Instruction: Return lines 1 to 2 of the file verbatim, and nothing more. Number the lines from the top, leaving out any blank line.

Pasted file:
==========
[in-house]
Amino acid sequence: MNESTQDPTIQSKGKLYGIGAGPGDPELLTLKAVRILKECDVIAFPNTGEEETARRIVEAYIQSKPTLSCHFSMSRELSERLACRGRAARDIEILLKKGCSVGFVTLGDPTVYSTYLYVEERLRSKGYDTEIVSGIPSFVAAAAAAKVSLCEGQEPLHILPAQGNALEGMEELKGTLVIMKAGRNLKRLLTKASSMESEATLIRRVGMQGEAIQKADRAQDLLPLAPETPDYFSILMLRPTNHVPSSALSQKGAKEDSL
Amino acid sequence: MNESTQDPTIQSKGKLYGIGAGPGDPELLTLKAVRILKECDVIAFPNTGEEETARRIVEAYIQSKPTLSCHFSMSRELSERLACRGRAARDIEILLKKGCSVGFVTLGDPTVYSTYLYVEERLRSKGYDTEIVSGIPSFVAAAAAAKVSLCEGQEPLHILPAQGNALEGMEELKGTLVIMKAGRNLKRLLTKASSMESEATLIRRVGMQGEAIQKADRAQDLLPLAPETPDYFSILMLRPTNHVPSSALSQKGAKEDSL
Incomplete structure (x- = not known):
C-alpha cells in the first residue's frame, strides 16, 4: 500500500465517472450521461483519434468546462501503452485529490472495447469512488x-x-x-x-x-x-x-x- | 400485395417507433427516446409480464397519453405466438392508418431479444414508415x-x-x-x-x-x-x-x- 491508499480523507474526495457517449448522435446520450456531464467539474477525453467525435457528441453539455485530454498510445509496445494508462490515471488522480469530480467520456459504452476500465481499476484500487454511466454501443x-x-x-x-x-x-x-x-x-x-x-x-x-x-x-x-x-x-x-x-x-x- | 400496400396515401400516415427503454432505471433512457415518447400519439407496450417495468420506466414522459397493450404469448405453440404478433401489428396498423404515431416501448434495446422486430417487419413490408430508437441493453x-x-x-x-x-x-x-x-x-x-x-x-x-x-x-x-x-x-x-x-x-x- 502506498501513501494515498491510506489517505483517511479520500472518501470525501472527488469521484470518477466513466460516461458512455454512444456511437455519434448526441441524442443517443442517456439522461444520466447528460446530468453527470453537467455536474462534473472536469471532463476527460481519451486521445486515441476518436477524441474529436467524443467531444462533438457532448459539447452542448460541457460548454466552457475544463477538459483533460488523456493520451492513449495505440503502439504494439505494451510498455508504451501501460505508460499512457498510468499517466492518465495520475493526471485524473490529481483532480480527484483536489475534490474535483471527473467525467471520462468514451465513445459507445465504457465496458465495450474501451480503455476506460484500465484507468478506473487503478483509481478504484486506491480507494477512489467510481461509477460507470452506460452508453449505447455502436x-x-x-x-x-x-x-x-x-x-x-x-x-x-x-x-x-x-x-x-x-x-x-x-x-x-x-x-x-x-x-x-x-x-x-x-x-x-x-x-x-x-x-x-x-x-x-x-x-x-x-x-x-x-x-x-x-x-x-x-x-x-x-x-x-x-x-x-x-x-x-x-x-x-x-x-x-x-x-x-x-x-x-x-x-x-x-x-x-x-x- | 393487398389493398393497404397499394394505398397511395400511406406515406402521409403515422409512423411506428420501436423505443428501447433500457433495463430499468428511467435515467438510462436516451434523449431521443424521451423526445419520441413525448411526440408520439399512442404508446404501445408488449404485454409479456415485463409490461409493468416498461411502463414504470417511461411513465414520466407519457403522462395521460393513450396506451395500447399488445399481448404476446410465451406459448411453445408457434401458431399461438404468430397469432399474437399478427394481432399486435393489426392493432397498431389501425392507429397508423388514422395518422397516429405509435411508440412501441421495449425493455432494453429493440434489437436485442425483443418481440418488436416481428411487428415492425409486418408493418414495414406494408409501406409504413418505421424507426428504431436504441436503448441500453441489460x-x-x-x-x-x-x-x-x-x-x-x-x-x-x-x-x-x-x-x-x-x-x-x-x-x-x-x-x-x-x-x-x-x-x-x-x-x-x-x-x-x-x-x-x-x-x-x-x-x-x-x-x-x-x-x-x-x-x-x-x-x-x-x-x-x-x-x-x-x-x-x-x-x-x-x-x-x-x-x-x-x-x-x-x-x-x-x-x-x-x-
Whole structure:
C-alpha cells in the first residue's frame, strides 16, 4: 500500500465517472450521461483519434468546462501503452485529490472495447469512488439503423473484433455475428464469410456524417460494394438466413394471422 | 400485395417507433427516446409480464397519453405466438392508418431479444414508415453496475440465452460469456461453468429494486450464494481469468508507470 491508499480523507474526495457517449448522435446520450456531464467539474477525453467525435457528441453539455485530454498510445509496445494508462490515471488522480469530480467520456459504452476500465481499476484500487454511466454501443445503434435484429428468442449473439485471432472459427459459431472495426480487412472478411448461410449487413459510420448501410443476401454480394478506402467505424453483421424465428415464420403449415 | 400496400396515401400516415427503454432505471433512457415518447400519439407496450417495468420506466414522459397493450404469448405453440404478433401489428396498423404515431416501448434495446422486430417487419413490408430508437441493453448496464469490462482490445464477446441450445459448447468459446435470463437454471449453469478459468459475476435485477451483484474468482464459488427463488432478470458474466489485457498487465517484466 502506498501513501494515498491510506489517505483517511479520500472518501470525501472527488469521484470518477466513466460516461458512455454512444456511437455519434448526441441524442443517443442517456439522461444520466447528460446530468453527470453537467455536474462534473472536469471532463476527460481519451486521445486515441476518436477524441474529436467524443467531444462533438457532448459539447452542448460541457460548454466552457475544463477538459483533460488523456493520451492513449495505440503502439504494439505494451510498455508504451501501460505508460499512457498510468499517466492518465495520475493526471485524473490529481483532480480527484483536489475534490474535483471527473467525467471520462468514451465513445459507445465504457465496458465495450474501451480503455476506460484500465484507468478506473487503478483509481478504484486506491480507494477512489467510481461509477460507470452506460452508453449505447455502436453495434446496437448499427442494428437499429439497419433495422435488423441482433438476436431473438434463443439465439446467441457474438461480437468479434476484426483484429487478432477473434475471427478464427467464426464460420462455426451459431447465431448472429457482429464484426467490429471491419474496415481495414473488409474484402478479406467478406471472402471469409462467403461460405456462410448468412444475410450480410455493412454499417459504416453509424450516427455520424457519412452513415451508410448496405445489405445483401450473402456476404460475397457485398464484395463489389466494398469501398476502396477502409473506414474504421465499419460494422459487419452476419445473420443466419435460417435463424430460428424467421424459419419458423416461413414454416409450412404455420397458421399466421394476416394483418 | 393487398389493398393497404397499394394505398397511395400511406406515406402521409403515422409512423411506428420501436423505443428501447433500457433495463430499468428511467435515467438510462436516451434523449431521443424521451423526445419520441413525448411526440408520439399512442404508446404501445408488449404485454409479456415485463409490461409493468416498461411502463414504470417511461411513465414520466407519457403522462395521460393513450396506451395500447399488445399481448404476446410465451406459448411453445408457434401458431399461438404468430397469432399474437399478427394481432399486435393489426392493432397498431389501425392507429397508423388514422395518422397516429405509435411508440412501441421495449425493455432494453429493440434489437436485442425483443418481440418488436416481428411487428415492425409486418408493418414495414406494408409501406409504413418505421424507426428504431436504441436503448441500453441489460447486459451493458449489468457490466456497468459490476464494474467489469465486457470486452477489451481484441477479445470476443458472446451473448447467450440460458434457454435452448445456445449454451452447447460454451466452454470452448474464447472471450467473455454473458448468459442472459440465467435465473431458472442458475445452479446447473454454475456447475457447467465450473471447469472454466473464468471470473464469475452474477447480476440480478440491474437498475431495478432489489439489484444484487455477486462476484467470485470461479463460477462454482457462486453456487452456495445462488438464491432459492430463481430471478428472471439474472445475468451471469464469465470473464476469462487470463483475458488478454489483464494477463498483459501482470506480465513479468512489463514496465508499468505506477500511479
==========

[in-house]
Amino acid sequence: MNESTQDPTIQSKGKLYGIGAGPGDPELLTLKAVRILKECDVIAFPNTGEEETARRIVEAYIQSKPTLSCHFSMSRELSERLACRGRAARDIEILLKKGCSVGFVTLGDPTVYSTYLYVEERLRSKGYDTEIVSGIPSFVAAAAAAKVSLCEGQEPLHILPAQGNALEGMEELKGTLVIMKAGRNLKRLLTKASSMESEATLIRRVGMQGEAIQKADRAQDLLPLAPETPDYFSILMLRPTNHVPSSALSQKGAKEDSL